Promising new treatment for severe dry eye disease — clinical trial

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Participants in a phase I/II clinical trial of a new enzyme-based treatment for severe dry eye disease experienced reduced signs of disease and discomfort, according to a study. The trial compared eye drops containing a biosynthetic form of an enzyme called DNase with eye drops without the enzyme. DNase breaks up nucleic acid-based material on the surface of the eye.

“Participants in the trial who used the drops with DNase reported less eye discomfort and their corneas were healthier,” said Dr Sandeep Jain, professor of ophthalmology and visual sciences in the University of Illinois at Chicago College of Medicine and principal investigator of the clinical trial.

In dry eye disease, production of tears is dysregulated, and the cornea, the transparent outer layer of the eye, becomes inflamed. In severe dry eye disease, which often accompanies diseases such as Sjogren’s syndrome and ocular graft-versus-host disease, the inflammation in the corneal tissue can become extreme enough to cause disabling eye pain and sensitivity to light.

In previous research, Jain and colleagues discovered that strands of DNA form webs on the surface of eyes affected by severe dry eye disease. This material causes an inflammatory response that further irritates the eye. “In dry eye disease, several things happen,” Jain explained. “There is an increase in the number of white blood cells called neutrophils that gather on the surface of the eye. Neutrophils release DNA which forms webs on the cornea called neutrophil extracellular traps, which cause inflammation of the ocular surface and attract additional neutrophils in a vicious cycle.”

Normally, enzymes present in tears chop up and clear DNA and other debris on the cornea, but in patients with dry eye disease, there is not enough DNase to clear the material.

In the randomised, placebo-controlled phase I/II clinical trial, Jain and colleagues enrolled 47 participants with severe dry eye disease. About half the participants had a diagnosis of Sjogren’s syndrome and 17% had graft-versus-host disease – both of which are associated with significant deficits in tear production. Forty-one participants completed the trial.

Participants were given eye drops containing either DNase or a placebo formulation and instructed to administer one drop of the solution to each eye four times per day for eight weeks. The researchers evaluated patients’ symptoms through questionnaires and measured the degree of corneal damage and amount of DNA webs and other pro-inflammatory material on the surface of the eye before and for the duration of the study.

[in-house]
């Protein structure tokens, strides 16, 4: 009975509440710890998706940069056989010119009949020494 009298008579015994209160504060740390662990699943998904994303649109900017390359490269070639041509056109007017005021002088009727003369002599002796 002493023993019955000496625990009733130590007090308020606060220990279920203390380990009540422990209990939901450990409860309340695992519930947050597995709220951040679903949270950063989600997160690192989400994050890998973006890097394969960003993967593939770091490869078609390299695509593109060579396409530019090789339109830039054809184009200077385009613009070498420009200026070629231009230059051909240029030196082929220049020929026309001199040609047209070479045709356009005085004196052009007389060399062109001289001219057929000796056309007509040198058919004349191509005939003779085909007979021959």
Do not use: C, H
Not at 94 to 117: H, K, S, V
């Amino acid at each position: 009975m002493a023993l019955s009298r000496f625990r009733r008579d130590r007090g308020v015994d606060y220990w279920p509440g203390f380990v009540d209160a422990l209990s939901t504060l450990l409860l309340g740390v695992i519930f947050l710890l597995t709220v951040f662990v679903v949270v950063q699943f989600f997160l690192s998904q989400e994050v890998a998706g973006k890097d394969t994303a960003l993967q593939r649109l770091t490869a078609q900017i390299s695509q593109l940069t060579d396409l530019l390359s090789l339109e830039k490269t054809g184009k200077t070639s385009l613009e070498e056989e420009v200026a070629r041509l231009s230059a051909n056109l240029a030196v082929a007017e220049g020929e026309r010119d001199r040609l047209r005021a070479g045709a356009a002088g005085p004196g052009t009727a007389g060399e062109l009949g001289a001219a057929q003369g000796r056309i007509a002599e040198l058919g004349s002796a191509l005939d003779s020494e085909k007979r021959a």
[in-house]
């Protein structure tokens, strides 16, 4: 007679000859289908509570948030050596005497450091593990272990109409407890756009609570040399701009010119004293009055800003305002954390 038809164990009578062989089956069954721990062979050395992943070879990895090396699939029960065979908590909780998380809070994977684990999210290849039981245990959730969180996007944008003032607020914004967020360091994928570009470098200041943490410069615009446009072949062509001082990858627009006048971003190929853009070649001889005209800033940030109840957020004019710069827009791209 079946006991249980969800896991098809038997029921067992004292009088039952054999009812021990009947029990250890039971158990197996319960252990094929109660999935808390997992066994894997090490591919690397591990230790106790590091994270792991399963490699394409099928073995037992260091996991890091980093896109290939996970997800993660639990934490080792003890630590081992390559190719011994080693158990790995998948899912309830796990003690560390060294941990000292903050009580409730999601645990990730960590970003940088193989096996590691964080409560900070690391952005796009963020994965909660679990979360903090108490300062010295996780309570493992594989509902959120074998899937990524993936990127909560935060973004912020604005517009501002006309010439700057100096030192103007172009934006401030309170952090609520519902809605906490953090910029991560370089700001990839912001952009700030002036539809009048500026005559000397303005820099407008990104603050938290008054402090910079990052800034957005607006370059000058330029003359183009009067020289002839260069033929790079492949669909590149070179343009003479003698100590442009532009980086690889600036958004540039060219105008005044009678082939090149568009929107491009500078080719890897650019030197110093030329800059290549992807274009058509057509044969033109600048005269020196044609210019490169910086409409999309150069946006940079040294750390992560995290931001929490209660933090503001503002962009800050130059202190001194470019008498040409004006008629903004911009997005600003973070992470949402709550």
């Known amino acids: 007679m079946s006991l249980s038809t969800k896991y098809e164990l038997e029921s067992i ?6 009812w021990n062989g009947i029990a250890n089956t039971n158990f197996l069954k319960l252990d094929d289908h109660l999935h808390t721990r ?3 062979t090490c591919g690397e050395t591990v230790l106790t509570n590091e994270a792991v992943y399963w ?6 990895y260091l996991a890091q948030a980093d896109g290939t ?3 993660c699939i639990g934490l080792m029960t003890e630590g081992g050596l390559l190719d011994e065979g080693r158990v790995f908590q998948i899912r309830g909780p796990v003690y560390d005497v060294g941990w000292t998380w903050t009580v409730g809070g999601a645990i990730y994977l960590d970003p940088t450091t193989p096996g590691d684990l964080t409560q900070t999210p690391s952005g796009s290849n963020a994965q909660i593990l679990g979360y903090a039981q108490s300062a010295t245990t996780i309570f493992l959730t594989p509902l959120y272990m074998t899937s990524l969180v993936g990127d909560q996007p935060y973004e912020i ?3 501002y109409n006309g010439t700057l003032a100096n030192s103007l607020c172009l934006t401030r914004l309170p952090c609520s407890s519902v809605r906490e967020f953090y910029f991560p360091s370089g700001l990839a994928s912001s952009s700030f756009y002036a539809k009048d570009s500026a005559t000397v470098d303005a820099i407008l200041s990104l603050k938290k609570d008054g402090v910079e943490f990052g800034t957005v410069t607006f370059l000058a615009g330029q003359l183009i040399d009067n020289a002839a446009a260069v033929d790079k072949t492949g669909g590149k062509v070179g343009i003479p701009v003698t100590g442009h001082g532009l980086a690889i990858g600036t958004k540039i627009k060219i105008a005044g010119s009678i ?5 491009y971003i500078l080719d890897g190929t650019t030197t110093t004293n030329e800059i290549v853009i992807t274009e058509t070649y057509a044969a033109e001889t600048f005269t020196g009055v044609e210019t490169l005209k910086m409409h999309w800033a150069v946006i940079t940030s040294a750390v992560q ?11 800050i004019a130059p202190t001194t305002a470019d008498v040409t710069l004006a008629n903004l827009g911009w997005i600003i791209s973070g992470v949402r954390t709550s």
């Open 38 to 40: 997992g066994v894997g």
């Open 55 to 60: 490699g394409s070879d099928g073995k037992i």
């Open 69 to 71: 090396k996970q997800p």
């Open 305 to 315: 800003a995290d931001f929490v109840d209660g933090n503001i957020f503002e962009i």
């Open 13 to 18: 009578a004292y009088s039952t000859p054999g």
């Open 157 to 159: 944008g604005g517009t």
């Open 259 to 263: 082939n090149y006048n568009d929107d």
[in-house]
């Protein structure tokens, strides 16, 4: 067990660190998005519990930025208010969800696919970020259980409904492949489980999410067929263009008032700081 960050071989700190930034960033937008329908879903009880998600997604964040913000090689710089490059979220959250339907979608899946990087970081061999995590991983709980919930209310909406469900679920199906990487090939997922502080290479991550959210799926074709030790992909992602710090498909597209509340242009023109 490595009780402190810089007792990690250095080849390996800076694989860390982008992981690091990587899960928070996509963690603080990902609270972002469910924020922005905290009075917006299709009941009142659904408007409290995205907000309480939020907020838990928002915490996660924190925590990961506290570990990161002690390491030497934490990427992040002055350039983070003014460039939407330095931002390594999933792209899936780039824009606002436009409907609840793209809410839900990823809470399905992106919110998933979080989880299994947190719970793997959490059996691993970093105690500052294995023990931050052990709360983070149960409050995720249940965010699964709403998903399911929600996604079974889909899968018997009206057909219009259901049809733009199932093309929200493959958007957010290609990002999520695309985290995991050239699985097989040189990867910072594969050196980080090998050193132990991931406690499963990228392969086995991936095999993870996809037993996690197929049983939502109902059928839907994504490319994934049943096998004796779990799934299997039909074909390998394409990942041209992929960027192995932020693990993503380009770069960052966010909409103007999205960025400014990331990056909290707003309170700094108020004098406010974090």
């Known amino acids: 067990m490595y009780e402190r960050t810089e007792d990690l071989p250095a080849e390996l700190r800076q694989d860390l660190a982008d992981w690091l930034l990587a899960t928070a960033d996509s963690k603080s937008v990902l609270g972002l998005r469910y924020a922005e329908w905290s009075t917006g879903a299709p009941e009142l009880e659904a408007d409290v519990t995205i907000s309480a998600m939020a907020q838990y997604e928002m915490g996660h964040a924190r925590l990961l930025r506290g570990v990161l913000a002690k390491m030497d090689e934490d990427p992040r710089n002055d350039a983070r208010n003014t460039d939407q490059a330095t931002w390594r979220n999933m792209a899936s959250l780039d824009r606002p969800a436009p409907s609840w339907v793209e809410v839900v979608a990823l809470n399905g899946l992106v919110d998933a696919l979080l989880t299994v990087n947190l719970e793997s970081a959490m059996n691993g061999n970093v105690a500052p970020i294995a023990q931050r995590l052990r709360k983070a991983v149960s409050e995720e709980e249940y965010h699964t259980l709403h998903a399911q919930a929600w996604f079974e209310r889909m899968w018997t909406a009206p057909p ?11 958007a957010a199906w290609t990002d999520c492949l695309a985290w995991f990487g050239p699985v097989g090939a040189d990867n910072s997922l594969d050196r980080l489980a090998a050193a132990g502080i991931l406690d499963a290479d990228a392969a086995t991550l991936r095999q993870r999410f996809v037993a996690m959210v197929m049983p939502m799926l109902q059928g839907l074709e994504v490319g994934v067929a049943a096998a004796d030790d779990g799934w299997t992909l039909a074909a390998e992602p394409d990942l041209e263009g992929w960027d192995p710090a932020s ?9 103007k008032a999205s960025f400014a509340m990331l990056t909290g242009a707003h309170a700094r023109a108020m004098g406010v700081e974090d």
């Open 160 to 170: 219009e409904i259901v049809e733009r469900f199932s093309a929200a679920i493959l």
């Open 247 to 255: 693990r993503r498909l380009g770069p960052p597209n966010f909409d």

The researchers found that participants in the DNase group had a statistically significant and clinically meaningful reduction in corneal damage at eight weeks compared with the placebo group. Questionnaire scores related to symptoms also reflected significant improvement among patients in the DNase group compared with placebo, who also had reduced amounts of corneal DNA webs and other material on the surface of the eye.

“The data from this early clinical trial suggests that DNase eye drops may be safe and effective for treating severe dry eye, and we look forward to conducting larger randomized trials to definitively prove its efficacy,” Jain said.

DNase is currently approved by the US Food and Drug Administration to treat cystic fibrosis. Its use for treating severe dry eye that doesn’t respond to other medications is still considered experimental by the FDA.

“The burden of severe dry eye is much greater than just having an occasional feeling of dryness,” Jain said. “It can severely compromise quality of life to the point of disability and can compromise a person’s vision. There are currently only two approved drugs to treat dry eye, and they don’t work for everyone, especially those with severe disease, so having a new drug that can treat the disease is very important.”

Abstract
Purpose: To determine whether DNase eye drops have the potential to reduce signs and symptoms of dry eye disease (DED).
Methods: A placebo-controlled, randomized clinical trial was performed to compare the safety and efficacy of DNase eye drops 0.1% four times a day for 8 weeks in patients with severe tear deficient DED. The change in safety outcome measures (drug tolerability and proportion of adverse events) and efficacy outcome measures (Ocular Surface Disease Index [OSDI] score, corneal and conjunctival staining) were analyzed between baseline and week 8.
Results: Tolerability and adverse events were similar in placebo group and DNase group. Within the DNase group (but not placebo group), corneal staining showed a statistically significant and clinically meaningful reduction at week 8 compared with baseline. The OSDI score also showed a significant median reduction of 27.3 at week 8 compared with baseline within the DNase group. The median reduction in corneal staining and mucoid debris/strands was significantly greater in the DNase group as compared with the placebo group. In the DNase group, the median reduction in OSDI (−20.75) was more than placebo group (−8.43); however, the difference between groups was borderline significant.
Conclusions: In this pilot study, treatment of severe tear deficient DED patients with DNase eye drops appears safe, well tolerated, and has the potential to reduce the severity of signs and symptoms.

Authors
Christine Mun, Shilpa Gulati, Sapna Tibrewal, Yi-Fan Chen, Seungwon An, Bayasgalan Surenkhuu, Ilangovan Raju, Morgan Buwick, Anna Ahn, Ji-Eun Kwon, Nour Atassi, Anubhav Pradeep, Damiano Rondelli, Sandeep Jain

University of Illinois at Chicago material
Translational Vision and Science Technology abstract


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